Australia’s record on climate change has been panned in the latest Climate Change Performance Index tracking nation’s efforts to combat global warming.
Australia’s climate change record has been ranked among the bottom five nations in the world in a global assessment of countries' emissions trajectories.
The Climate Change Performance Index (CCPI) measures the emissions, renewable energy share and climate policies of 57 countries and the European Union.
It has been released at COP25, the UN climate summit being held in Madrid, as nations attempt to thrash out the way forward on the global Paris framework responding to the crisis.
According to the report, Australia, Saudi Arabia, and the United States give “cause for great concern” over their performance on emissions, renewable energy development and climate policy.
Australia’s climate policy rating was ranked the lowest in the world with analysts noting that “the newly elected government continued to worsen performance at both national and international levels.”
Its policies were given a 0.0 rating, in comparison the United Stated ranked one position higher held a 2.8 rating and the top-performing nation Portugal received a 98.7.
“National experts observe a lack of progress in these areas with the [Australia] government failing to clarify how it will meet the country’s insufficient 2030 emissions reduction target and inaction in developing a long-term mitigation strategy,” the report reads.
"While the government is not proposing any further targets for renewable energy beyond 2020, it continues to promote the expansion of fossil fuels and in April 2019 approved the opening of the highly controversial Adani coalmine."
Across the assessment, Australia ranked 44th on emissions, 50th on renewable energy, 52nd on energy use and 61st on climate policy.
"The world needs action to reduce emissions and Australia believes technology will be a key driver of the global transition to lower emissions," he said.
“We can only reduce emissions, as fast as the deployment of commercially viable technology allows. This means, we need to get the right technology to the marketplace, when and where it is needed."
Australia has pledged to reduce emissions by 26 per cent below 2005 levels by 2030 as part of the Paris agreement.
However, government projections show more than half that target will be achieved through carryover credits from achieving goals of the previous Kyoto protocol.
The report found the US ranked last, followed by Saudi Arabia and soon after Australia at 56th, although several countries did report falls in emissions last year, largely due to an industry-wide fade out of coal.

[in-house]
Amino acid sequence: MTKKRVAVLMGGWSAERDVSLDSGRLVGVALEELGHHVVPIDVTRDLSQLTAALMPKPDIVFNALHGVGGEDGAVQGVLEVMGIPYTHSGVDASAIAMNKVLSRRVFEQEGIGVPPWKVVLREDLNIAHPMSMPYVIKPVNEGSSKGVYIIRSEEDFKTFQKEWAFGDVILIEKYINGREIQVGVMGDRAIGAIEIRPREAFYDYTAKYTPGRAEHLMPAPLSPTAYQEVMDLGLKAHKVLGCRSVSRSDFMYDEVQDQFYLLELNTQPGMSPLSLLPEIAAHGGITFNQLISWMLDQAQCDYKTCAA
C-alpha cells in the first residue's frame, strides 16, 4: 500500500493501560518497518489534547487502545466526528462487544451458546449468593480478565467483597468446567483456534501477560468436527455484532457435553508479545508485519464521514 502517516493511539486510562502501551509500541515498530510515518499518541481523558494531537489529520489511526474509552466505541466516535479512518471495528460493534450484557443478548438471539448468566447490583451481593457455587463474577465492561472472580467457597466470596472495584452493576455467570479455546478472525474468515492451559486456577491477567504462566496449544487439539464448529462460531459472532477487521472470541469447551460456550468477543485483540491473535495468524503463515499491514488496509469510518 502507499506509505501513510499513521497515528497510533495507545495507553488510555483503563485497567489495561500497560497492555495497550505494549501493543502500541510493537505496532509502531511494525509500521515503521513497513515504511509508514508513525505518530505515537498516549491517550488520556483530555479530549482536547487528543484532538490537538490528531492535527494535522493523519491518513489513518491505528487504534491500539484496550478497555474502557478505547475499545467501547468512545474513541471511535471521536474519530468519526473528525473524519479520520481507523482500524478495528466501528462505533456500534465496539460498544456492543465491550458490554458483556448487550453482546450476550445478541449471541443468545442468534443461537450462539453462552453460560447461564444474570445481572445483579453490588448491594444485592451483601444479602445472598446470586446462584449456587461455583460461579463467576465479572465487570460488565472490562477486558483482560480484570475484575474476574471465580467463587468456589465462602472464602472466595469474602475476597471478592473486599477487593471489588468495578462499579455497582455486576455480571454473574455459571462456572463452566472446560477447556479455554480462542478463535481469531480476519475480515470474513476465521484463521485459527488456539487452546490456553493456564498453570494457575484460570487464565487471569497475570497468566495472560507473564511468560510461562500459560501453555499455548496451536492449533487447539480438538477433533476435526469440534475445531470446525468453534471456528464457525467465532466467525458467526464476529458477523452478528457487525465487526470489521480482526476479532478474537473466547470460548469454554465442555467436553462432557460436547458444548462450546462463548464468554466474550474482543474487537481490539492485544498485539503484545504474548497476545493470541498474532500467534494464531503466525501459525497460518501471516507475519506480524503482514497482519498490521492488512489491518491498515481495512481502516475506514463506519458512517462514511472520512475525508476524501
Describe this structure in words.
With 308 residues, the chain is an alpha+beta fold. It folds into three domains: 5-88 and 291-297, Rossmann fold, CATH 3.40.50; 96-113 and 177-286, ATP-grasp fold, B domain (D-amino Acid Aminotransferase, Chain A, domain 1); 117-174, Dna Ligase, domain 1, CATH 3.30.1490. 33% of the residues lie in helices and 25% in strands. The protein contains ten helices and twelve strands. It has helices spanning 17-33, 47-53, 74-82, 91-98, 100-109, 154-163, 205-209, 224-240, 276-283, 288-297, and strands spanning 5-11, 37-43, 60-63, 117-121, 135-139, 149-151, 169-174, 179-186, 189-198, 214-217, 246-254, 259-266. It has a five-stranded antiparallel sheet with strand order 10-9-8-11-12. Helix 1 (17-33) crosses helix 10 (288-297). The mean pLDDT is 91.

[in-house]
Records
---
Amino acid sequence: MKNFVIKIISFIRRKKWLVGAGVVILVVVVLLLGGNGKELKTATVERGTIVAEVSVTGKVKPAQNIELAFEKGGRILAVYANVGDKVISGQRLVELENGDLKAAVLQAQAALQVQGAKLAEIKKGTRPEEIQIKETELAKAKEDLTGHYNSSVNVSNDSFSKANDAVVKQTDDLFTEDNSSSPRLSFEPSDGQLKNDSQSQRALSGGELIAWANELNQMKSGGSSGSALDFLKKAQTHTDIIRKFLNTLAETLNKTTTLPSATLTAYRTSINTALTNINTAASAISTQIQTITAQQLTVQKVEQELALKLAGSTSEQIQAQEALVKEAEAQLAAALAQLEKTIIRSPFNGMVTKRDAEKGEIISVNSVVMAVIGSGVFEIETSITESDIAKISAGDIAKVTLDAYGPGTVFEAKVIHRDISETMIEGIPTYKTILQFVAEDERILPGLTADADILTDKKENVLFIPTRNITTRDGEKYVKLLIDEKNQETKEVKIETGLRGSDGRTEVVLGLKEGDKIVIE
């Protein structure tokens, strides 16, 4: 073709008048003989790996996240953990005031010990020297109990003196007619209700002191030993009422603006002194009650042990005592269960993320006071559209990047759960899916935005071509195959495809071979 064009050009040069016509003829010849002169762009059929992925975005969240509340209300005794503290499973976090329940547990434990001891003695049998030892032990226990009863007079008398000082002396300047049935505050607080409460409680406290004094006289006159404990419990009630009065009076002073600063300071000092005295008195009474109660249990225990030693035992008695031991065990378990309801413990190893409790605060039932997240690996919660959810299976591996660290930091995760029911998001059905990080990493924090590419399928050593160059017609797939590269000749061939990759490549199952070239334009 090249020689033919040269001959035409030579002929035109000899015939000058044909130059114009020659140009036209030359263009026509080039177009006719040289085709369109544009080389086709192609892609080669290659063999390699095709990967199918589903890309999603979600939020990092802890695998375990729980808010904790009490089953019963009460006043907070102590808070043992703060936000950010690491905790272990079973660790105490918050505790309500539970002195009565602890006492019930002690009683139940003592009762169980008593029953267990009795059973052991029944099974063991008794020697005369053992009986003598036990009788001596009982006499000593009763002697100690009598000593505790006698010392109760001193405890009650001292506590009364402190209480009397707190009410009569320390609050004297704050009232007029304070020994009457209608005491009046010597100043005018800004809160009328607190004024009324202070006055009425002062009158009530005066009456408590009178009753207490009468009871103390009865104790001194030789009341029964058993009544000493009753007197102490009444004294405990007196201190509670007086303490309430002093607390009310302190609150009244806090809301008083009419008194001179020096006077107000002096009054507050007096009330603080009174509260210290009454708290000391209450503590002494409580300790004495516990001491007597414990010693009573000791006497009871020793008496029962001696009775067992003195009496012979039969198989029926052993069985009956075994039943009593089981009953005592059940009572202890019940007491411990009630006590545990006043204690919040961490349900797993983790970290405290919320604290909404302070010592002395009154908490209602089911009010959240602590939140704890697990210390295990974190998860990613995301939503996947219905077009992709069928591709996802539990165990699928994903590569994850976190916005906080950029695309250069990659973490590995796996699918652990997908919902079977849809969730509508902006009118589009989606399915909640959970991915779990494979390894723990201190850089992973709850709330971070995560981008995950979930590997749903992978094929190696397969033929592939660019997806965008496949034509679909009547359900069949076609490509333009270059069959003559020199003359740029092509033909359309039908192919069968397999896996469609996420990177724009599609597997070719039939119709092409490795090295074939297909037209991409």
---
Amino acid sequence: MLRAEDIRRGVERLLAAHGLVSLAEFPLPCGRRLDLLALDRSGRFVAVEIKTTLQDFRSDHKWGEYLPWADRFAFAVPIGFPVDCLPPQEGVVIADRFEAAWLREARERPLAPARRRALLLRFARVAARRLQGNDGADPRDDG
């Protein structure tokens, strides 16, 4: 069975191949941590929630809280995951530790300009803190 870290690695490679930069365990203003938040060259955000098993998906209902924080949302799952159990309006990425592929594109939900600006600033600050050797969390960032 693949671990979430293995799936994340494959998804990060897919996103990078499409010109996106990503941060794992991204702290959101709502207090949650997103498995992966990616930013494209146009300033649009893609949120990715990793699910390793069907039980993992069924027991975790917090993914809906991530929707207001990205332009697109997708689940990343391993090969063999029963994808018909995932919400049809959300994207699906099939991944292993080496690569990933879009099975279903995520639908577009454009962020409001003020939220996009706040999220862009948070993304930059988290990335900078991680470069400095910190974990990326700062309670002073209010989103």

While climate performance varied greatly - even within the EU, with Sweden leading the way - the report found that none of the countries surveyed were currently on a path compatible with the Paris climate goals.
The 2015 accord saw nations agree to work towards limiting global temperature rises to "well below" two degrees Celsius above pre-industrial levels.
China, the world's largest single emitter, was found to have taken "medium action" due to its high investment in renewables.
However, the index warned that Beijing could slump to the bottom rungs if it follows through on its plan to continue building coal-fired power plants.
Ursula Hagen from the environmental watchdog Germanwatch, who co-authored the accompanying report, said both the US and China were "at a crossroads" on climate.
"The index shows signs of a global turnaround in emissions, including declining coal consumption. However, several large countries are still trying to resist this trend - above all the USA," she said.
"Much will depend on further developments in China and the elections in the USA."
Delegates are gathered at the COP 25 in Madrid to devise ways of putting the Paris plan in action, but key sticking points remain over emissions trading schemes and how the fight against climate change is funded.
"This science-based assessment shows again that in particular the large climate polluters do hardly anything for the transformational shift we need," said Stephan Singer from the Climate Action Network.
He said nations need to implement "deep emissions reductions to curtail the run to potentially irreversible climate change".
The global assessment cited destructive bushfires in Australia as a "pre-summer heatwave hits the country" as one example of the magnitude of the global climate crisis.
With additional reporting from AFP and AAP.